There are many ways you can create a supportive classroom environment for all of your students, including English language learners. Creating a routine, for example, is a simple act that goes a long way. Classroom environments with routines help students thrive, explains Lindsey Tuckett at Teach Away. She suggests daily activities such as circle time and hands-on group projects.

Creating a daily schedule and placing it at the front of the classroom each morning is also a great way to set expectations and ease student worry.

How teachers review concepts can also determine whether they stick. Repetition is essential for helping students acquire new academic vocabulary and concepts, ESL teacher Erica Hilliker writes. She suggests dedicating the last 5–10 minutes of each lesson for concept review. This can also give students another opportunity to hear concepts spoken aloud. Weekly review is also helpful. Review games and interactive activities can keep students inspired and engaged during the process.

Also, get into the habit of using visuals to convey ideas and themes. This caters to everyone’s learning needs, especially when you have students of multiple backgrounds in the same class. Pictures are a universally accepted way to introduce new concepts and vocabulary to students, former teacher Amanda Morin says.

Anyone who sees a picture of a flower understands what it means in their own language. This strategy works across nearly every subject, regardless of whether you’re teaching math, history or science. Associating the picture with the concept in English helps everyone learn at the same rate no matter what their native language.

Digital tools can help make visuals easier to access and share, too. You can use PowerPoint to create a sequence of images based on a certain theme, education writer Kim Haynes points out. Sounds and visual words can accompany digital visuals, supporting all the learning styles in the classroom.

How to Assess an ELL Student’s Progress

Teachers should have a distinct process for assessing ELL student progress. Since every student will enter the class with different background knowledge, teachers must assess what each student already knows.

One idea is to ask students about their previous knowledge on a topic, English language learner specialist Amber McWilliams at Amplify, says. “Building on students’ prior knowledge and background can empower them to make connections to new concepts, to build new mental schemas and to reflect on their own ideas and language use,” she writes.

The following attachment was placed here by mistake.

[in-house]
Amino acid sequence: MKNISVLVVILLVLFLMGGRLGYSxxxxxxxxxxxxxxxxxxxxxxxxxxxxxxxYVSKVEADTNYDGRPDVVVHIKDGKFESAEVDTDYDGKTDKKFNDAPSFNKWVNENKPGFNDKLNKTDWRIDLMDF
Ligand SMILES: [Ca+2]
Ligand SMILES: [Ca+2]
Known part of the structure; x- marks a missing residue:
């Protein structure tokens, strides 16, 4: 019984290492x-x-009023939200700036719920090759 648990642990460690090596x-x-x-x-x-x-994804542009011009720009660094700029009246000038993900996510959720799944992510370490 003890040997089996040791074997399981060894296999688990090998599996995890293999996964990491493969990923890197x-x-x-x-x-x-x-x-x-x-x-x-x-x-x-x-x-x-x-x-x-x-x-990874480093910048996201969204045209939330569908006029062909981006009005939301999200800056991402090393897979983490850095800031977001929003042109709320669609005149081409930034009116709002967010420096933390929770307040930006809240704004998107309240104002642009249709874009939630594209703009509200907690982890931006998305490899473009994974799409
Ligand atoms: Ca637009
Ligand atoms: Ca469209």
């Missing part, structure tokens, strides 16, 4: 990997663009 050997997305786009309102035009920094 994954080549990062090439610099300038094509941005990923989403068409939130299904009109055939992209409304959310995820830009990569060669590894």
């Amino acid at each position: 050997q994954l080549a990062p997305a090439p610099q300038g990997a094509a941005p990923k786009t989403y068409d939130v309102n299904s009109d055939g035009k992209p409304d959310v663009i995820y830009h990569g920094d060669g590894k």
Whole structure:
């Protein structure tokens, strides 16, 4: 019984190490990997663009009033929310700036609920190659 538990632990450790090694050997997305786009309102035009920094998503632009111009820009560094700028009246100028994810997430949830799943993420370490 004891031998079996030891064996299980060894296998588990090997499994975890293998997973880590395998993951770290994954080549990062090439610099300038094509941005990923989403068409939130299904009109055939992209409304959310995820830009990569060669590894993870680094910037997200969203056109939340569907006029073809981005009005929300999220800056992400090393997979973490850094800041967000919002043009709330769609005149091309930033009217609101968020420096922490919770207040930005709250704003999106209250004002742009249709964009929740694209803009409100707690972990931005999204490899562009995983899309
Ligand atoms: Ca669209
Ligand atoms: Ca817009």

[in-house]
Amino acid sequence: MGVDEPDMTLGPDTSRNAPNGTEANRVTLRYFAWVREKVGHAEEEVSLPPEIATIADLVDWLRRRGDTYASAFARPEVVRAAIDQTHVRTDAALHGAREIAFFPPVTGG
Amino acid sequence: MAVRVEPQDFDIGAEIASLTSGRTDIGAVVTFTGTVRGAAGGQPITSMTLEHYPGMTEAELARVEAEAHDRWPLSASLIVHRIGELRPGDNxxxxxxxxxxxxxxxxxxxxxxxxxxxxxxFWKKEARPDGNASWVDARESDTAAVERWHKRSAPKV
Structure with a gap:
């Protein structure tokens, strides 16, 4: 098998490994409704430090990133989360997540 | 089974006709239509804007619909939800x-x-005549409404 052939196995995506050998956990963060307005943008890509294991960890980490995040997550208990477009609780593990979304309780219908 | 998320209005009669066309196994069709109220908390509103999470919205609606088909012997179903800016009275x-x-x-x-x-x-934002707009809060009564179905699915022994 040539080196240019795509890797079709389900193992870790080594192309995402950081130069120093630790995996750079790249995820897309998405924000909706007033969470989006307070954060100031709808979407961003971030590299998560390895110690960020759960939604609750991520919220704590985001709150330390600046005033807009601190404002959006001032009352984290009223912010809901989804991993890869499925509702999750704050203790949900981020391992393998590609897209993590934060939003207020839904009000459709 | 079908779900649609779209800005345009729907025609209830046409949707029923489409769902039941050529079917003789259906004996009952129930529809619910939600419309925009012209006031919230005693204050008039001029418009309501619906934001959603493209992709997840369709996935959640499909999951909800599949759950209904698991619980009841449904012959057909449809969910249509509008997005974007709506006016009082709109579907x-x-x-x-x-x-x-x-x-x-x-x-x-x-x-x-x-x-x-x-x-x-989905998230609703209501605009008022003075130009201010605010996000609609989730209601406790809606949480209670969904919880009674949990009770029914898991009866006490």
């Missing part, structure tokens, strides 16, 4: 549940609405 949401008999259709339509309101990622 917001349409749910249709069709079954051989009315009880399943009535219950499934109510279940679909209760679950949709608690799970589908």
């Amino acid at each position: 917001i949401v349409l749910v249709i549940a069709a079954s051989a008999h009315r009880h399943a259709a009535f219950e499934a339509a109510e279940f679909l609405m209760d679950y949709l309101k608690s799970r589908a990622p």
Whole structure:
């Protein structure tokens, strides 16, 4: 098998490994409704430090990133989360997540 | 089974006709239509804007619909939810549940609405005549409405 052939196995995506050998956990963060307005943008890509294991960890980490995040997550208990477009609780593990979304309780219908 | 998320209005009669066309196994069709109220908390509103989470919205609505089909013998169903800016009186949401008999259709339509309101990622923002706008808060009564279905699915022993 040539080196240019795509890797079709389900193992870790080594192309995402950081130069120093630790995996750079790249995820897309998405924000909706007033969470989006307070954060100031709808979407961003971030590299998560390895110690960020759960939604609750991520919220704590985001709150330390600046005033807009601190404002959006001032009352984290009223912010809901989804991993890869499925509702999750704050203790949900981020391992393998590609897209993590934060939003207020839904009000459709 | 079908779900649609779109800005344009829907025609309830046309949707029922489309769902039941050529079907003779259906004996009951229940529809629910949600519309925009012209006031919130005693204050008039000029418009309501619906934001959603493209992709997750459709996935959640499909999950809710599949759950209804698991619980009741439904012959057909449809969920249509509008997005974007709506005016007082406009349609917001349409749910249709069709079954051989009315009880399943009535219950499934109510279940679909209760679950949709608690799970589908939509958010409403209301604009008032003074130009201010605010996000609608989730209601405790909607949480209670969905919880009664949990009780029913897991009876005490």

Keeping track of how your students’ English language skills are improving ensures they get the help they need and don’t fall behind in any subject. However, assessing English can be abstract and complex, educator Serena Makofsky writes. This is because students all learn English at their own pace, and this progress might be informed by natural abilities, native languages and a number of other factors. Teachers can assess student progress accurately by composing a test based on specific lessons learned in class.

Conducting short interviews with students, using rubrics for grading long projects and maintaining observation logs are all methods that make it easier to assess the language acquisition process more accurately.

Finally, having students reflect on their own progress can be valuable for both teachers and students, curriculum designer and teaching coach Jennifer L.M. Gunn says. “From informal to formalized reflections, the idea is to guide students toward a habit of self-examination, analysis, and revision of their assignments.” This helps put students and teachers more in touch with their progress and needs. The ability to identify progress and challenges can also encourage students to seek help when they need it.

english reading - ELL students

Technology to Help Teachers of ELL Students

Technology has evolved to meet the learning challenges of today’s English language learners. “Lots of online tools have built-in features to support differentiated instruction for a variety of learners,” explains Jeff Knutson at Common Sense Education.

This helps meet one of the biggest demands of today’s instructors: teaching English vocabulary to a classroom that speaks a variety of native languages. He suggests the tool ThinkCERCA, which caters to students of different backgrounds and skill levels with scaffolding and audio texts.

Apps can also make it fun and easy to learn English skills, especially when they include gamification. Elegant E-Learning founder Andrei Zakhareuski likes Grammar Up, which tests students on specific parts of speech like verbs and prepositions. Even classic board games such as Scrabble and Boggle have online versions that support English language learning.

Translation tools are a must-have for the multilingual classroom, as most teachers already know. Aside from simply looking up words, however, translation tools can be used to provide real-time cues and captions for learners.

Reading specialist Sara Mata notes that Microsoft Translator “documents your dialogue as you speak into your microphone and provides live captions on the screen of anyone that is part of the conversation.” If you’re working with students via video, this is a great tool. It can also support students while they’re doing homework, especially if they’re engaging with video content.

Google also has a number of tools that support ELL learners, including its translation tool. Google Docs helps ELL students with academic writing in particular, explains Christina Ponzio at EdSurge. “Besides making it easy to hold all students accountable just by peeking on my computer screen, Google Docs makes it simple to provide immediate intervention.”

The edit and comments features in Google Docs allows teachers to correct student work in a manner that is timely and private. Teachers and students can also keep track of progress over time.

Images by: bbtreesubmission/©123RF.com, Nataliya Kogut, jason sackey